Getting Consulting Clients: Your Value as a Consultant is Not Your Resume
Updated: Mar 11
For professionals who are trying to get hired for a job, a resume is key. People hiring employees want to know where you worked before, what your title was, and what you did.
When you become a consultant…well, I hate to break it to you, but no one cares about your resume, no matter how impressive it is.
You Are What You Can Do, Not What You Have Done
The deal is that you are no longer applying for jobs. You are seeking business, which is profoundly different. It doesn’t mean that your past is unimportant. It only means that prospective clients care about what you can do for them, not your former jobs.
That is a tough switch for many professionals to make. And it causes some of the most common mistakes consultants make. Mistakes like sending emails to their network that regurgitate their resume and would be 3-4 pages if you printed it out. Or they have meetings with prospective clients and launch into a description of their past jobs and titles. Rarely do these approaches yield any business because the focus is not where it should be: on the client.
It was a tough change for me when I started consulting. I made those same mistakes. In fact, I wasn’t successful at getting my first client until I could articulate how I could help them avoid threats and risks and take advantage of emerging opportunities in our market.
The market I am in was on the brink of a major shift. No one knew exactly how it was going to take hold, when it would unfold, or what the implications would be. But something big was going to happen, and I had to frame my value relative to it if I was going to get clients. Once I embraced that, getting clients got so much easier. I would talk about the market shift, warn against the risks of not staying out ahead of it, highlight potential opportunities they could pursue because of it, and share how I could help them do all of that.
What is Your Value as a Consultant?
The best way to define your value is to look at it from a client’s perspective. This is why defining your ideal consulting client is so important! It answers the question: Who am I valuable to?
Then ask yourself questions about the client. What problems do they need solved? What threats do they need addressed? These are called their pain points. They are what often will spur them to action and, importantly, make them want to hire someone to help them.
But that’s not all. Also ask what goals and aspirations they want to achieve. What are the opportunities they want to seize or create? These are their gain points and what will also often drive them to hire a consultant.
Then consider what you can do relative to their pain and gain points. Consider what you think they may be willing to pay a consultant to help them with, and what would make you the best consultant for them to hire.
In short, you need to define your value proposition.
Your value proposition is one sentence, maybe two. It’s clear, substantive, and compelling. Your value proposition is a description of what you can help a client in a specific market and niche achieve. Your value proposition should include a brief description of what you offer that will achieve the client’s desired outcomes and why you are uniquely qualified to help them achieve those outcomes.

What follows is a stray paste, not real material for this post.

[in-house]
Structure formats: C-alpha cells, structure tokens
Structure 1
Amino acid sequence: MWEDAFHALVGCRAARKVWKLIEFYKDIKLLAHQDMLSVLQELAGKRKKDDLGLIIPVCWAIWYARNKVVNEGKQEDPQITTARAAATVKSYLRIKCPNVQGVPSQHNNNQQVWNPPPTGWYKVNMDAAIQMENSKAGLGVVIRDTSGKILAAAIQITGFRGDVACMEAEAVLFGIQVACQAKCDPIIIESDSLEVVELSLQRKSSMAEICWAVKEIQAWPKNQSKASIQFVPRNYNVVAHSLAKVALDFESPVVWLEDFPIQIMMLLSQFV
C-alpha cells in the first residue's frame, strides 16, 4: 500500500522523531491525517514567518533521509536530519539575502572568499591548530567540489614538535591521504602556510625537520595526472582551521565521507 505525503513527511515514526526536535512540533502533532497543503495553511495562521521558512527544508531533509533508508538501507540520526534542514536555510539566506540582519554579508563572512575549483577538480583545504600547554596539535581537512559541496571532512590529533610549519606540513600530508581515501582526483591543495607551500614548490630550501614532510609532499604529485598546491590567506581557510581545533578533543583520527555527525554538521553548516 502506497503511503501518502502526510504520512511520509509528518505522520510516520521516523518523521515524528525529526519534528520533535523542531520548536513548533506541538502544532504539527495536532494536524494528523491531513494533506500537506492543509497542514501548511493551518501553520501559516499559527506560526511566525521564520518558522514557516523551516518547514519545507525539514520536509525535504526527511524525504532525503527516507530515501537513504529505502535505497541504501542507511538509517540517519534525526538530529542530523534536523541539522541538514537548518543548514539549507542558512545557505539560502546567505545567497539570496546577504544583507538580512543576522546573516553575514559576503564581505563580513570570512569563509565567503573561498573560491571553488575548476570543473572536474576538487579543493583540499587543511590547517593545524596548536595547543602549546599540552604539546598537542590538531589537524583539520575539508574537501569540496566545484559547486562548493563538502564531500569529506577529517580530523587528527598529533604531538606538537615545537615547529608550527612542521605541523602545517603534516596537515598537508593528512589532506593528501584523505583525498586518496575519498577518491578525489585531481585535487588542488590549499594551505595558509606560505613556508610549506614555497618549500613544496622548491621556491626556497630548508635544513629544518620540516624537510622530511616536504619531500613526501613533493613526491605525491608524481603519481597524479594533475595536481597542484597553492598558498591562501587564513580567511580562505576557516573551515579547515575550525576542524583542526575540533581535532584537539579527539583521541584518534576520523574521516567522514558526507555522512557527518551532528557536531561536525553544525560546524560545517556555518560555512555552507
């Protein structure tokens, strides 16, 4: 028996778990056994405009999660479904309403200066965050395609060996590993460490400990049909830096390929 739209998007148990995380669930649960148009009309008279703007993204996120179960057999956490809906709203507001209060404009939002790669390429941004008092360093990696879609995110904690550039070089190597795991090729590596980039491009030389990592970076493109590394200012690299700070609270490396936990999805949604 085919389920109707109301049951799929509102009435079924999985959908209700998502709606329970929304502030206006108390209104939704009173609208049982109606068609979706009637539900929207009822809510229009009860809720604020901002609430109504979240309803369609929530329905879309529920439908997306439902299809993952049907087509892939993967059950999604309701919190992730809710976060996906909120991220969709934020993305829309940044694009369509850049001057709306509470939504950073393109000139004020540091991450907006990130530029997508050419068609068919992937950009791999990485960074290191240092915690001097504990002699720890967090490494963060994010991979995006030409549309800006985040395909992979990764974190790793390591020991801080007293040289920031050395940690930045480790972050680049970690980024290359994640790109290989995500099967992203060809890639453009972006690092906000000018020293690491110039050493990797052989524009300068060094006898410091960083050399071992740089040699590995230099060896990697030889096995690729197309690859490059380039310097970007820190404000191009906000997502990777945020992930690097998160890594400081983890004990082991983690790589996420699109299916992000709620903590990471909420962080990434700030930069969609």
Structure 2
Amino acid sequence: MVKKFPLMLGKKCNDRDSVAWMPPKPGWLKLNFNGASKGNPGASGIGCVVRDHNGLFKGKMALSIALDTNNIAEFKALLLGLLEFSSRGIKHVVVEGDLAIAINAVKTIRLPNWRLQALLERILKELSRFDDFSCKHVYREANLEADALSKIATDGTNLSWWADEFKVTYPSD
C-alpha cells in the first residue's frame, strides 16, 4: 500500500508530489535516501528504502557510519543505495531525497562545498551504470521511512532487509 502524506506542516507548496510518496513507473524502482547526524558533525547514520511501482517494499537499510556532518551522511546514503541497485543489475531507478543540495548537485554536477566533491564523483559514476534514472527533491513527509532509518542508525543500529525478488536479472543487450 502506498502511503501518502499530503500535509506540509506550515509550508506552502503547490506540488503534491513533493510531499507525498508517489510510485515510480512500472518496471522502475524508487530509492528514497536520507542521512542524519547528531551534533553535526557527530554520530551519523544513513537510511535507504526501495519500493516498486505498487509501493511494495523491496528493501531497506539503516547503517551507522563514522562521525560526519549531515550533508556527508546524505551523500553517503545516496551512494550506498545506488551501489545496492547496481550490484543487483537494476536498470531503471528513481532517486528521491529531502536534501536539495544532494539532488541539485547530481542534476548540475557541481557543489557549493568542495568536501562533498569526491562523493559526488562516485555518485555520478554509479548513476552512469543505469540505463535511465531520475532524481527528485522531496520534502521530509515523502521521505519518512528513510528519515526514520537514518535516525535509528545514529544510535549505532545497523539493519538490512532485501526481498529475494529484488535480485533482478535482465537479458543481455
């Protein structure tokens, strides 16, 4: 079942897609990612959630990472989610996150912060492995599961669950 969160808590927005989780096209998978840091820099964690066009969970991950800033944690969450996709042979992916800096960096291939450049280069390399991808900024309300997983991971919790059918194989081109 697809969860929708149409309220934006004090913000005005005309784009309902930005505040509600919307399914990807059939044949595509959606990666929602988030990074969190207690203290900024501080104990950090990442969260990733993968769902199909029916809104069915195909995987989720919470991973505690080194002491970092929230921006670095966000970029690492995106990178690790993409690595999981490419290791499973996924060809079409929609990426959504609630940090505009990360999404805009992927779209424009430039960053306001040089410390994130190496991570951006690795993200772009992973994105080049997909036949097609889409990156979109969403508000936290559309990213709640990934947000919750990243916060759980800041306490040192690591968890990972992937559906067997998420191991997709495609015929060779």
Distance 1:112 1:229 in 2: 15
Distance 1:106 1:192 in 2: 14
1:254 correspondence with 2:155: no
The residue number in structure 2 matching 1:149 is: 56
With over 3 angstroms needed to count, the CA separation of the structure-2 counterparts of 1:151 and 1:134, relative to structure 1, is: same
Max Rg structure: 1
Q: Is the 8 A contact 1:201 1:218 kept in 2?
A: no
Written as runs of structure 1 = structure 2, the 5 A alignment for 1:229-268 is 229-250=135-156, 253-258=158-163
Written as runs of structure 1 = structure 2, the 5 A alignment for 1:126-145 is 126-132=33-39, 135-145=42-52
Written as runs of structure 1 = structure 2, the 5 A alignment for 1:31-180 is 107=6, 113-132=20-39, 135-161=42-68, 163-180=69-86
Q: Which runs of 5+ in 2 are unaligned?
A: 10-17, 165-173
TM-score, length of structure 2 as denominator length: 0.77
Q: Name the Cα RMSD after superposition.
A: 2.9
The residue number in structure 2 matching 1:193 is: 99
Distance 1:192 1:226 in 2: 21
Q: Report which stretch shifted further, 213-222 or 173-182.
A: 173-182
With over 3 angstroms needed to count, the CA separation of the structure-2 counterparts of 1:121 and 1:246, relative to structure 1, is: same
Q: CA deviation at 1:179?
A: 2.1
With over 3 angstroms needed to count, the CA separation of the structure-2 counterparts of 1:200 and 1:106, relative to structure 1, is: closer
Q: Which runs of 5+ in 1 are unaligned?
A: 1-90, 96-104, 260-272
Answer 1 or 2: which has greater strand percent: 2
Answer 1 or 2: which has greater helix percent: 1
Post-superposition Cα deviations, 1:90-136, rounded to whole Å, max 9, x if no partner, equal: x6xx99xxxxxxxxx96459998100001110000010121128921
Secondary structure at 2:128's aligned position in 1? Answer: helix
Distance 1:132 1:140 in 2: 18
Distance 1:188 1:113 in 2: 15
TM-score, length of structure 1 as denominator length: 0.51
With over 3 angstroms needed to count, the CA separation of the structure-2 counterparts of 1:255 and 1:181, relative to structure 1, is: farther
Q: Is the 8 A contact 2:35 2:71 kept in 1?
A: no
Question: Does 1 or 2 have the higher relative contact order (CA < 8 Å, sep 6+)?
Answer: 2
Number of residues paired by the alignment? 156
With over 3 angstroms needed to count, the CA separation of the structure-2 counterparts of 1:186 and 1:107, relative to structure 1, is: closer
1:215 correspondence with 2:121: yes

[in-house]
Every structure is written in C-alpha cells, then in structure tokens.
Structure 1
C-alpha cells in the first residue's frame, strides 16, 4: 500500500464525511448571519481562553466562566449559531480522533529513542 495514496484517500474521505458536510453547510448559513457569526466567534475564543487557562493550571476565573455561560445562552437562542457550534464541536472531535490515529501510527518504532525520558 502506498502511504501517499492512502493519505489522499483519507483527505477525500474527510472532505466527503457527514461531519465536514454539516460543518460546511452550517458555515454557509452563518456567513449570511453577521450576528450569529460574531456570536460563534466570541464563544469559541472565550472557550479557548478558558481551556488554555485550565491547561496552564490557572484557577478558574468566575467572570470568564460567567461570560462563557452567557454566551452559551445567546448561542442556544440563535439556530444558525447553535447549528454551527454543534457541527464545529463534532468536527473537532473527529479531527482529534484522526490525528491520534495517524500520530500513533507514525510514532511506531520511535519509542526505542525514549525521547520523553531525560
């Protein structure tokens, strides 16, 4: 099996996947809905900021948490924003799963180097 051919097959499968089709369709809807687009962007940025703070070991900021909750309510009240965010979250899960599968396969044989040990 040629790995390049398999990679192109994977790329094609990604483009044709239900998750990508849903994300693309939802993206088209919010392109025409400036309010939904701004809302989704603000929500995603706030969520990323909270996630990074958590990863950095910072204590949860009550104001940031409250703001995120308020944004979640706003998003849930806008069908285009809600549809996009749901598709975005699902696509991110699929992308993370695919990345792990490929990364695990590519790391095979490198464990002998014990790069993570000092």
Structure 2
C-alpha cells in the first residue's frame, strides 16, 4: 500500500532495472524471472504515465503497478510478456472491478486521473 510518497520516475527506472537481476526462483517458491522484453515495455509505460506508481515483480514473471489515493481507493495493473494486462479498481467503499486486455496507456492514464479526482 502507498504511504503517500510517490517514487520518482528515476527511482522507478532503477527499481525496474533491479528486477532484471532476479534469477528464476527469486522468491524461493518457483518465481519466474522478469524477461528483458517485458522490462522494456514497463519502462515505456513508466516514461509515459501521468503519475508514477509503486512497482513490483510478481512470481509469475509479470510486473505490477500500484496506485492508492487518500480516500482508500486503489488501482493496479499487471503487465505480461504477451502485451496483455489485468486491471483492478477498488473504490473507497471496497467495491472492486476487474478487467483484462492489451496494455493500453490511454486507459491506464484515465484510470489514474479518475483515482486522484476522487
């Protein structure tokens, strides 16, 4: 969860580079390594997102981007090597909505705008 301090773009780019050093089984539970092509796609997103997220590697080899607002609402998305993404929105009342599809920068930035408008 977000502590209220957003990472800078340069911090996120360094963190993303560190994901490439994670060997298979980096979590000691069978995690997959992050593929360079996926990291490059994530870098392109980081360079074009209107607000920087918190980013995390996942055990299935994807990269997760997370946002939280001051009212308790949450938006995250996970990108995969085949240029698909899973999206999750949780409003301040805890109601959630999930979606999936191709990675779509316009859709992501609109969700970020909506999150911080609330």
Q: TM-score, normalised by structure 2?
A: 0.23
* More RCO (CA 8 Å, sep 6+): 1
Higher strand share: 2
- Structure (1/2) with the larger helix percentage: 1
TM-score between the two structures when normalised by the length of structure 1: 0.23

If you’re not sure what I mean by brief, let me put it this way: it should fit on the front of a t-shirt and be easily read with social distancing.
Much More than a Sales Pitch
Your value proposition will work for you in other ways, beyond attracting clients. It will also help you make decisions that will enable you build a sustainable business. Once you have your value proposition, you can develop marketing and outreach strategies and messages that will resonate with the clients you plan to pursue for business. You’ll know how you need to stay on top of their markets, needs, and demands, which will keep your value high. It also will help you know when a client is not a great match for the specific value you provide, and, therefore, you should say no to working with them.
Your Value Proposition Should Adapt and Evolve
Once you do your value proposition, it can be tempting to hold fast to it. But hold off on getting it tattooed just yet...
Once you create your value proposition and have ensured it’s succinct, clear, and laser targeted, you need to test it and refine it to make sure it yields the results you want. Grab a few people in your market and test it out on them. Get their feedback and then refine your language, your niche, your offer, or all of it. Don’t ever be afraid to refine. Refinement is a consulting superpower so embrace it! Next, test your value proposition with prospective clients. Pay attention to how they respond (or don’t) and what the outcome is. Then refine it again.
You also should adapt it when you are meeting with prospective clients so it is a fit with their particular circumstances and pain and gain points. When you do your homework before meeting with them the first time, use that information to make adjustments. Never relax into a generic description that feels "close enough" to you. The prospective client should feel like you created it just for them. They should feel like you—of all consultants—really get them. Because clients hire consultants who get them and offer value that is specific to them.
Over time, your value proposition should evolve to match what’s happening in your market and niche; your developing expertise, knowledge, and skills; and shifts in who your ideal client is. Normalize updating it regularly and as needed.